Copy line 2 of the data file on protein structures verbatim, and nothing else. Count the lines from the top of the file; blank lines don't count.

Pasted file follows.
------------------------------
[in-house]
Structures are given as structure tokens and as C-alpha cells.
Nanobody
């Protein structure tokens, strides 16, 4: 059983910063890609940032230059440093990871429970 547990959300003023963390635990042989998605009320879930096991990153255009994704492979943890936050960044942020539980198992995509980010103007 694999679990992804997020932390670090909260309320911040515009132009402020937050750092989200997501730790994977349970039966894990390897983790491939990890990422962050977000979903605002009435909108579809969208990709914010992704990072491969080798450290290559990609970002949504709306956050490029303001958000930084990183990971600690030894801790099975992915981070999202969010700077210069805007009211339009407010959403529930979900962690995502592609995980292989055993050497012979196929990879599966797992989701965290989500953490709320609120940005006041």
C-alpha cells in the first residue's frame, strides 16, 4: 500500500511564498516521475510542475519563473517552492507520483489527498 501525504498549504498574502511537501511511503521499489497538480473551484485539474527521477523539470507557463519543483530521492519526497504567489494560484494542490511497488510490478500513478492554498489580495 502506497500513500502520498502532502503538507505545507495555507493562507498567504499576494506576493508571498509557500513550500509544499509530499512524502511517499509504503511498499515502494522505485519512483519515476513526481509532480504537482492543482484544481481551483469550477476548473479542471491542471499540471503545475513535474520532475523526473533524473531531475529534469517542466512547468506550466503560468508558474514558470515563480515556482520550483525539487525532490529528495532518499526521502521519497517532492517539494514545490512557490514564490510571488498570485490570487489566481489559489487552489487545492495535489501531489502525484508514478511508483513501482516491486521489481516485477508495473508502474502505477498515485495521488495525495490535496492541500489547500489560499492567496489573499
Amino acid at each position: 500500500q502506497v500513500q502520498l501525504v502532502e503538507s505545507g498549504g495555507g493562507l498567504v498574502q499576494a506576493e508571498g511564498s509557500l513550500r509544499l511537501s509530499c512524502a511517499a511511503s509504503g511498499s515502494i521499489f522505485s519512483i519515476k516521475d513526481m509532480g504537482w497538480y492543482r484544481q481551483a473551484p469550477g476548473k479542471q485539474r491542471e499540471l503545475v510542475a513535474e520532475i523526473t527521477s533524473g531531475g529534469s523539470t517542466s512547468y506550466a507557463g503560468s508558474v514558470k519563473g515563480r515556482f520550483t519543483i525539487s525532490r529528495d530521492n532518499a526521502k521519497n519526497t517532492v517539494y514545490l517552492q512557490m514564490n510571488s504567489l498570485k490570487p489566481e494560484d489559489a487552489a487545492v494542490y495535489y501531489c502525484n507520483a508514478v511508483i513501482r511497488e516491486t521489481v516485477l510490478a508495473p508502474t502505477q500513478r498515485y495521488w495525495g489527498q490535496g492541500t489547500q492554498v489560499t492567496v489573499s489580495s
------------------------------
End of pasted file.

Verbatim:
Structures are given as structure tokens and as C-alpha cells.